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Re: Privacy and HTTP intermediaries

From: Adrien de Croy <adrien@qbik.com>
Date: Wed, 04 May 2011 10:39:41 +1200
Message-ID: <4DC0842D.7010501@qbik.com>
To: HTTP Working Group <ietf-http-wg@w3.org>
I think the cases where client-controlled suppression of logging will be 
useful are few and far between.

In most cases, the user should not have authority to control logging 
function on an intermediary.

Only if the intermediary explicitly allows such control (and I can't 
imagine any corporate sys admins turning such a feature on) could it be 
allowed by policy.  It's also completely open to abuse (proxy advertises 
ok, it will do it, but then doesn't).

I don't know if I buy the argument "at least we should try".  This will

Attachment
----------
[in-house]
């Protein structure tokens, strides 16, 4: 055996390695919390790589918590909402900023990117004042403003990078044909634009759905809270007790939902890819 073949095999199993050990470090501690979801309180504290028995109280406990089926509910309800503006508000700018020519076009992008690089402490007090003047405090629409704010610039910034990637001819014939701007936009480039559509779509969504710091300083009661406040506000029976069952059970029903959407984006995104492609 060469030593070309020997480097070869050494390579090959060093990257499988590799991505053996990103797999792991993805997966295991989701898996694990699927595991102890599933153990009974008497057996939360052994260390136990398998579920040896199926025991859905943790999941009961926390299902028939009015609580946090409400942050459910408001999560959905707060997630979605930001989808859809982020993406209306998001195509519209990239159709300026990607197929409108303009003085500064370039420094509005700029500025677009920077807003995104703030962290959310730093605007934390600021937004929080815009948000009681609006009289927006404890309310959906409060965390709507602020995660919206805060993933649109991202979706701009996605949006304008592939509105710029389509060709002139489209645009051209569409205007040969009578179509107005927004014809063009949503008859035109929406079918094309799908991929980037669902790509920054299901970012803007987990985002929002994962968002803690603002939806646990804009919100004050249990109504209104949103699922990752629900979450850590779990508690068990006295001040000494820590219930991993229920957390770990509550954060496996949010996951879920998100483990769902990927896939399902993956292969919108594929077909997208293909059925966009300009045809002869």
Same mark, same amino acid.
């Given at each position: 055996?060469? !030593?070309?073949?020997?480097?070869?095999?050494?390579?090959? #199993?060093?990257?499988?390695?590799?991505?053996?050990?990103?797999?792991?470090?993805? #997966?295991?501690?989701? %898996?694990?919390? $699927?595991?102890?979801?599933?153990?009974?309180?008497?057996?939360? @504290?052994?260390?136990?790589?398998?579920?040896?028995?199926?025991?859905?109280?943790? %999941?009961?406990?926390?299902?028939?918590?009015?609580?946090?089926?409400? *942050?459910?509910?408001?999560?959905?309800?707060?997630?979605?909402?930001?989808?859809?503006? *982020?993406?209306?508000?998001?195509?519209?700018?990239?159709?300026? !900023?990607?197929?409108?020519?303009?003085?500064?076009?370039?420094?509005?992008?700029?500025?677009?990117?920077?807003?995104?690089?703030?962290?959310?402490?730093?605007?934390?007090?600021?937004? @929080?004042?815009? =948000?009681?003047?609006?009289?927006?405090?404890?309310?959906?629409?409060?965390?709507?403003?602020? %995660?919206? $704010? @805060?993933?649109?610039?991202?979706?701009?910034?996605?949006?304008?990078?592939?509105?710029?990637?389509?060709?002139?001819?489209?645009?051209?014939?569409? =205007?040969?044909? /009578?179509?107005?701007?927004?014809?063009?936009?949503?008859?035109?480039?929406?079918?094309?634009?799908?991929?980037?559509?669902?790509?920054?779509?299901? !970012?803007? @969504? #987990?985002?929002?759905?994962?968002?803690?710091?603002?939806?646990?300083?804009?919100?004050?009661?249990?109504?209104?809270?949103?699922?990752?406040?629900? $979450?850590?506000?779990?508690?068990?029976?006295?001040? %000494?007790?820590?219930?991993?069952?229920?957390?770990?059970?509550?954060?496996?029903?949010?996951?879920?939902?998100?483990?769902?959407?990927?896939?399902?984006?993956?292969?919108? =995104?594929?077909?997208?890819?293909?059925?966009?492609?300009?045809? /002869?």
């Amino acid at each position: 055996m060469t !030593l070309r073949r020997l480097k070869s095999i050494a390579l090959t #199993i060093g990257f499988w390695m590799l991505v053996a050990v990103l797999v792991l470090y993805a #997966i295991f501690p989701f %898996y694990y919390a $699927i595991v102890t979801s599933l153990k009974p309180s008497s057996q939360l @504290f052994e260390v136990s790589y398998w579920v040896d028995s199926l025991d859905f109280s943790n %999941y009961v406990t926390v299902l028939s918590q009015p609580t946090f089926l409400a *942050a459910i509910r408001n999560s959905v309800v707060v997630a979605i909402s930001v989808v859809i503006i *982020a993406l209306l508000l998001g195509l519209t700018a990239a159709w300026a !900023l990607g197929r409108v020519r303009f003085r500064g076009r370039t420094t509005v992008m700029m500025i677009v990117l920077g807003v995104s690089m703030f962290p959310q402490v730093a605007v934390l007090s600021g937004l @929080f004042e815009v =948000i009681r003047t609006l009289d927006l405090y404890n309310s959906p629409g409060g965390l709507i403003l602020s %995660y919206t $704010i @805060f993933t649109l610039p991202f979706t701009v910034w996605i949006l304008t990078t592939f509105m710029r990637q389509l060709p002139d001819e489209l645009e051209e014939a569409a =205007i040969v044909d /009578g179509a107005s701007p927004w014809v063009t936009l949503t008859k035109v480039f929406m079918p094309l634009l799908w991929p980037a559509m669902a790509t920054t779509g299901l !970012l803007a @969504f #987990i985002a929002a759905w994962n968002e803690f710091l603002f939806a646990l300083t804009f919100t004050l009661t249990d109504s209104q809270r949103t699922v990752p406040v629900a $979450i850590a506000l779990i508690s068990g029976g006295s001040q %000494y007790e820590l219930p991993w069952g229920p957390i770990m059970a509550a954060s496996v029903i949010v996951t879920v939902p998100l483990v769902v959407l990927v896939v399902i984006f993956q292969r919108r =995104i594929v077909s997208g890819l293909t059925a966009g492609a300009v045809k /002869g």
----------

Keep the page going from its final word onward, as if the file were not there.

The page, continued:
just bloat http requests out with yet another bandwidth-wasting header.



On 3/05/2011 6:41 p.m., Poul-Henning Kamp wrote:
> In message<8B0A9FCBB9832F43971E38010638454F0404907213@SISPE7MB1.commscope.com>
> , "Thomson, Martin" writes:
>> On 2011-05-03 at 16:16:57, Willy Tarreau wrote:
>> That was my initial thought too.  Until I saw the description of no-transform,
>> which almost all of those examples will have to respect...if they want
>> to remain compliant.
> This is the crux of the matter:  How can you as a privacy-desiring user
> know if they want to be compliant ?
>
> Squezing non-effective "please-protect-my-privacy" requests into HTTP
> is not going to have any practical effect at all, so we should not do it.
>

-- 
Adrien de Croy - WinGate Proxy Server - http://www.wingate.com
Received on Tuesday, 3 May 2011 22:40:19 GMT

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